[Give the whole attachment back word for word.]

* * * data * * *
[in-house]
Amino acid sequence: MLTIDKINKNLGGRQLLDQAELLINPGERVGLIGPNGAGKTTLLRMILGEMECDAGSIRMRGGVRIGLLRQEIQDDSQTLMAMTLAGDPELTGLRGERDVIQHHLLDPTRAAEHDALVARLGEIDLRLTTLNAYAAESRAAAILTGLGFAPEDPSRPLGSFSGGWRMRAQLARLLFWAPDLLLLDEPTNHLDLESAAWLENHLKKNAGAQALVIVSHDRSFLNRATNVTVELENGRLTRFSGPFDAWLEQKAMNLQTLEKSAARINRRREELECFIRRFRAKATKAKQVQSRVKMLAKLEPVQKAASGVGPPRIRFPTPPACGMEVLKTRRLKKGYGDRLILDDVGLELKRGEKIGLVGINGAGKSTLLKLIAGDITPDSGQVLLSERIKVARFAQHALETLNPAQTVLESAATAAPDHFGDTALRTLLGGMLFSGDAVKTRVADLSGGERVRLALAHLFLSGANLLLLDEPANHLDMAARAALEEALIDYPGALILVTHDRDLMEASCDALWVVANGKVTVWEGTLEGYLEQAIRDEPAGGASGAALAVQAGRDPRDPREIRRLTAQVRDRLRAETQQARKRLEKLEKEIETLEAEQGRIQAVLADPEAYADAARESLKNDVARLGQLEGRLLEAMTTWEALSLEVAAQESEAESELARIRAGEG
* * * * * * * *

[in-house]
Amino acid sequence: MLTIDKINKNLGGRQLLDQAELLINPGERVGLIGPNGAGKTTLLRMILGEMECDAGSIRMRGGVRIGLLRQEIQDDSQTLMAMTLAGDPELTGLRGERDVIQHHLLDPTRAAEHDALVARLGEIDLRLTTLNAYAAESRAAAILTGLGFAPEDPSRPLGSFSGGWRMRAQLARLLFWAPDLLLLDEPTNHLDLESAAWLENHLKKNAGAQALVIVSHDRSFLNRATNVTVELENGRLTRFSGPFDAWLEQKAMNLQTLEKSAARINRRREELECFIRRFRAKATKAKQVQSRVKMLAKLEPVQKAASGVGPPRIRFPTPPACGMEVLKTRRLKKGYGDRLILDDVGLELKRGEKIGLVGINGAGKSTLLKLIAGDITPDSGQVLLSERIKVARFAQHALETLNPAQTVLESAATAAPDHFGDTALRTLLGGMLFSGDAVKTRVADLSGGERVRLALAHLFLSGANLLLLDEPANHLDMAARAALEEALIDYPGALILVTHDRDLMEASCDALWVVANGKVTVWEGTLEGYLEQAIRDEPAGGASGAALAVQAGRDPRDPREIRRLTAQVRDRLRAETQQARKRLEKLEKEIETLEAEQGRIQAVLADPEAYADAARESLKNDVARLGQLEGRLLEAMTTWEALSLEVAAQESEAESELARIRAGEG